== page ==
[Analysis] CHA Winter 2011 Attendance: The Road Forward

The Craft & Hobby Association has released their statistics about attendance at the CHA Winter 2011 show in Los Angeles, and it is sparking a lot of discussion in the industry about the show and its health & future as an industry event.

The CHA statistics for Los Angeles include:

  • 5,245 verified trade show attendees
  • 522 exhibitors filling 193,827 sq. ft. of exhibit space representing a 5% increase in show floor square footage, up from 185,250 sq. ft. in 2010
  • 110 companies (about 21% of the exhibitors) were new to the CHA Winter Show – an 8% increase over the number of new exhibitors at the CHA 2010 Winter Show
  • Average seminar attendance up 140%
  • Almost 80% of all CHA member buying companies attended the Show and 90% of CHA member manufacturers exhibited at the Show
  • 74% of exhibitors rated the attending buyer quality at satisfactory to excellent

Anecdotal evidence from discussions in Los Angeles indicate that the shift to Los Angeles from Anaheim was not a popular one. Common complaints included how spread out the convention center location was, attendees feeling unsafe in the downtown Los Angeles area, the lack of budget food options for attendees in the area, and the expense of exhibiting in the Los Angeles building compared to Anaheim. Also, some attendees like to use the Anaheim location as a family vacation that is tax deductible  by taking advantage of the proximity of Disneyland to the Convention Center. That wasn’t something most people considered an option in Los Angeles.

All in all, it did not seem that Los Angeles was a comfortable fit for the attendees. No one seems disappointed that the show is moving back to Anaheim in 2012.

The attendance statistics above, which show attendance being decreased significantly (21%) from the CHA Winter 2010 show in Los Angeles, would seem to be troubling. CHA Winter 2011 is over, and what’s done is done, but the big question for potential participants in future shows is…will this trend continue?

There are probably several factors that affected buyer attendance in Los Angeles. I think the first place to look for answers is the venue itself. A primary factor was travel costs. At the Anaheim venue, many attendees search out budget tourist hotels that are not on the official CHA list and book rooms for a fraction of the price of the official show hotels. Because of the proximity to Disneyland, there are dozens of these hotels within walking distance or a short drive of the convention center. In Los Angeles, the extreme distance of the neighborhood hotels from the convention center and perceived lack of safety in the downtown neighborhood at night led many attendees to believe that they needed to restrict their hotel choices to the selections on the official show list so that they would be on the convention center shuttle route. This priced out of the market people used to booking the extremely inexpensive tourist hotels in Anaheim, and also explains why CHA was reporting dramatic increases in hotel bookings prior to the show that weren’t reflected in actual attendance numbers. Everyone was probably crowding into the official show hotels rather than spreading out between official and unofficial hotel choices.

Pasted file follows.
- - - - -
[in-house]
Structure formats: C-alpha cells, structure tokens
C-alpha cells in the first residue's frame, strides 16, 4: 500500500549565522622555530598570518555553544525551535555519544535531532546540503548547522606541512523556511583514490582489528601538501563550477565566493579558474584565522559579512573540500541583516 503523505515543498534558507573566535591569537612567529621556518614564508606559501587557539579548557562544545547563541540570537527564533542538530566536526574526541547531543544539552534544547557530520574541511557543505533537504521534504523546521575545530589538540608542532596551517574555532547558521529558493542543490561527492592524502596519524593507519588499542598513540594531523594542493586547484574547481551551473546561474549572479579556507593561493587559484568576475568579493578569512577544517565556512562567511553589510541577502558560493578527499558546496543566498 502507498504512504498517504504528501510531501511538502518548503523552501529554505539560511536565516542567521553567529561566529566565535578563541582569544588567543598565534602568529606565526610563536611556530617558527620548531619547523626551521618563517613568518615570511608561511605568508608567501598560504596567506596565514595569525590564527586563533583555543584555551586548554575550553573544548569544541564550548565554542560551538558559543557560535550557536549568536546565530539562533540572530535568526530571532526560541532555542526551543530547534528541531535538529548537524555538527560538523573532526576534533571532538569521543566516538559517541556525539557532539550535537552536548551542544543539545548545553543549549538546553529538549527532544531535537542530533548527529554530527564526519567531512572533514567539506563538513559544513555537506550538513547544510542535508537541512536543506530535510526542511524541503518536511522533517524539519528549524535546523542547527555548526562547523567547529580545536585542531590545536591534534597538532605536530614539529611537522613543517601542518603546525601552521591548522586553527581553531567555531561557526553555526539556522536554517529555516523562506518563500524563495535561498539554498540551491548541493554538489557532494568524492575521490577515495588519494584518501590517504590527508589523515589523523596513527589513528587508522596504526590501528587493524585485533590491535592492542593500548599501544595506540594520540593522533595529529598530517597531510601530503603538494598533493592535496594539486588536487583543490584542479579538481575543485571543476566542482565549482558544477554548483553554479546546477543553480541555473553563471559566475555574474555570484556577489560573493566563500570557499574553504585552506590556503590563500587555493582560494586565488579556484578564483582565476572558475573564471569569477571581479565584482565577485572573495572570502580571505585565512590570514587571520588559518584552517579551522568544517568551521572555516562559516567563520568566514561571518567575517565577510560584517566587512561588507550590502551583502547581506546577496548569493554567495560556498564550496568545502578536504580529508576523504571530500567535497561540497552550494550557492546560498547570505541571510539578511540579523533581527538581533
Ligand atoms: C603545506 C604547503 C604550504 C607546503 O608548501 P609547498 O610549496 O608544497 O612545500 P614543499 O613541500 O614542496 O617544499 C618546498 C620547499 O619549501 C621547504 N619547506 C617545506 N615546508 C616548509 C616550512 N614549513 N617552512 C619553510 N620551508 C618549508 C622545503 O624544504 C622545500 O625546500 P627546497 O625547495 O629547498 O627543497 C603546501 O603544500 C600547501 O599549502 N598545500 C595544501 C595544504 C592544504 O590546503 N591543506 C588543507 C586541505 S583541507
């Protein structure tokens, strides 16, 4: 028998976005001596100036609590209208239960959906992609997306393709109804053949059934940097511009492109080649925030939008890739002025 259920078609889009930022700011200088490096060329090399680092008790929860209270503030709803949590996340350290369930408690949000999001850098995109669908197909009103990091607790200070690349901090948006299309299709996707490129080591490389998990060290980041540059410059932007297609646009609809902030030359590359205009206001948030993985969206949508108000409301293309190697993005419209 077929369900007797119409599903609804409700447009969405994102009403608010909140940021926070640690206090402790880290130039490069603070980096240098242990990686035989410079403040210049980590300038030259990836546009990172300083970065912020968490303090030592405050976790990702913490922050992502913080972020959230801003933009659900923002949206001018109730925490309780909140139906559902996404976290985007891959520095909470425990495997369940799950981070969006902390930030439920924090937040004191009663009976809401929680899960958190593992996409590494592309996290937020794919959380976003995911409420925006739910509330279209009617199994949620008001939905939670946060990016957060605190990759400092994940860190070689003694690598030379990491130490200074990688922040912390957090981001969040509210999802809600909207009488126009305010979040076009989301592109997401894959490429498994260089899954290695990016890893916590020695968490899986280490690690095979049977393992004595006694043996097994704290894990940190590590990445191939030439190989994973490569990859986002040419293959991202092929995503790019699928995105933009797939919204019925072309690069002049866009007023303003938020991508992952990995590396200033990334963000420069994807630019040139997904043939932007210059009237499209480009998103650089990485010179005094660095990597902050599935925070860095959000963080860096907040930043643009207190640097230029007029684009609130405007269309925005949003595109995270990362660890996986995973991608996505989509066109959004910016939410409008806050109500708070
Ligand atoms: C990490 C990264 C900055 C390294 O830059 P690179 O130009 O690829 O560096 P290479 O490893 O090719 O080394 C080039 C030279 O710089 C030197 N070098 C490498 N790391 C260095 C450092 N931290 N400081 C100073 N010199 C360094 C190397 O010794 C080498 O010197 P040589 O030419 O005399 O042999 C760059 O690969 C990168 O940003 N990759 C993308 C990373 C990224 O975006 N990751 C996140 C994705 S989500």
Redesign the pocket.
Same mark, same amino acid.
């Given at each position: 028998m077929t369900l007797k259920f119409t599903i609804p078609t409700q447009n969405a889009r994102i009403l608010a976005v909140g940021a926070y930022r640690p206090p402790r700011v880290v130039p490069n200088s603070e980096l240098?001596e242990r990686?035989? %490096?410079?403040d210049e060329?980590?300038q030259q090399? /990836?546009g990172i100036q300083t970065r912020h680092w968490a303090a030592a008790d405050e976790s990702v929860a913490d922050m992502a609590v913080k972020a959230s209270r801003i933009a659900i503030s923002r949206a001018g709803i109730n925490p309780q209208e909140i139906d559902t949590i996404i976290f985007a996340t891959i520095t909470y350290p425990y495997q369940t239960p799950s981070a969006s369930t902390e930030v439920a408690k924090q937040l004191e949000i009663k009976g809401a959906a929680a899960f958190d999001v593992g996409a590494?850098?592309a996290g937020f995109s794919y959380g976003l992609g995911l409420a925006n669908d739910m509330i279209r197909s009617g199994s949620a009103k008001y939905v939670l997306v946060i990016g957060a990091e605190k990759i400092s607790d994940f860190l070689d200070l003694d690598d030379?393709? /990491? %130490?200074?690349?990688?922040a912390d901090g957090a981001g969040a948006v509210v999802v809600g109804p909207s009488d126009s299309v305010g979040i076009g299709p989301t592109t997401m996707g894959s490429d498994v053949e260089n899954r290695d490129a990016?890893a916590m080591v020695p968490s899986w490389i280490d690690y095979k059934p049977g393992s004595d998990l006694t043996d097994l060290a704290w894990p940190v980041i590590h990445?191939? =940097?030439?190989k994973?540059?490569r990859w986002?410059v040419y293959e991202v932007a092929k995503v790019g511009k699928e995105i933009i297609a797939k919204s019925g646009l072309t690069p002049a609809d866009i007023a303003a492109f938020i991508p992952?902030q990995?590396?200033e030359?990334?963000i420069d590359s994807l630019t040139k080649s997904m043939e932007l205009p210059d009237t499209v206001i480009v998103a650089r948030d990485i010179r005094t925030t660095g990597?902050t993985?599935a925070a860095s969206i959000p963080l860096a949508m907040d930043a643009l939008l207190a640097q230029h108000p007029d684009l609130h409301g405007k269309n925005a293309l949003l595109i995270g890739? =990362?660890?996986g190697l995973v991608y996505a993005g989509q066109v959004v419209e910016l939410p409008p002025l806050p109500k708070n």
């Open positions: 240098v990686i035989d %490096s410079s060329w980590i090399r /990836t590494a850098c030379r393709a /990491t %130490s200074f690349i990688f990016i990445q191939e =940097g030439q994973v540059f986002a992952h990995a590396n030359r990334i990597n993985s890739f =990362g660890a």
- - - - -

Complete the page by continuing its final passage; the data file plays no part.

Also creating budget concerns was the food options. Anyone researching the neighborhood and the hotels discovered quickly that affordable food like is offered all over the Anaheim neighborhood was not on offer in Los Angeles. I don’t think I ever paid less than $20/plate for a meal except in the convention center itself during my trip. In the tourist area in Anaheim, with loads of family-friendly fast food and budget offerings, it is easy to eat for half of that (or less). The JW Marriott in Los Angeles simply did not have any options that could compete budget-wise for food, for instance, with the similarly-priced Marriott in Anaheim where my favorite meal option is to grab a $6 pan pizza and retire to my room and put my feet up while going over materials gathered that day.

Which brings us to another point about the lack of popularity about Los Angeles: Expense isn’t the only turn-off when eating requires a big sit-down experience. For many attendees, the hassle and time required to seek out and experience a sit-down restaurant after a full day of work on the show floor is simply exhausting. And it cuts into the work time of many buyers who rely on their evening time in their hotel to go over catalogs they’ve collected during the day, consult with other staffers, and determine what to order. Other groups of show attendees also have evening work to do as well, and a venue that offers no quick-and-easy food options (budget issues aside) does these attendees a disservice as it places yet another burden on their time and energy just to fulfill a basic need: eating.

Another killer for the Los Angeles venue was that it simply wasn’t a family-friendly vacation destination. A surprising number of people use the Anaheim show as a tax deductible vacation. You walk around the show floor there and hear lots of people talk about how their families are at Disneyland while they are at the show. Many use the affordably available “after 4pm” passes to join their families in the evenings in the park. In Los Angeles, I didn’t hear one person say they brought their family along for a vacation. Since they couldn’t get “double duty” out of the money, many people probably didn’t feel they could justify the expense (rightly or wrongly) and didn’t make the trip at all.

So will the return to Anaheim in 2012 increase CHA Winter attendance again? I think the 2012 Anaheim show has two things going for it that the 2011 Los Angeles show didn’t. First, the return to Anaheim will make attendees happy, bringing back attendees who skipped Los Angeles for the reasons described above. Another positive force will be the new conference format. It was generally well received in Los Angeles, with session attendance up an average of 140%, and interest in it should continue to grow as attendees experience the value of it. The conference format is the future in the 21st century for trade events like CHA. While the internet increasingly facilitates product previews and wholesale purchasing by buyers, it cannot effectively replace the intense networking and educational experience of a conference event. That is the value that both the association and attendees will likely concentrate on from the CHA conferences in the future.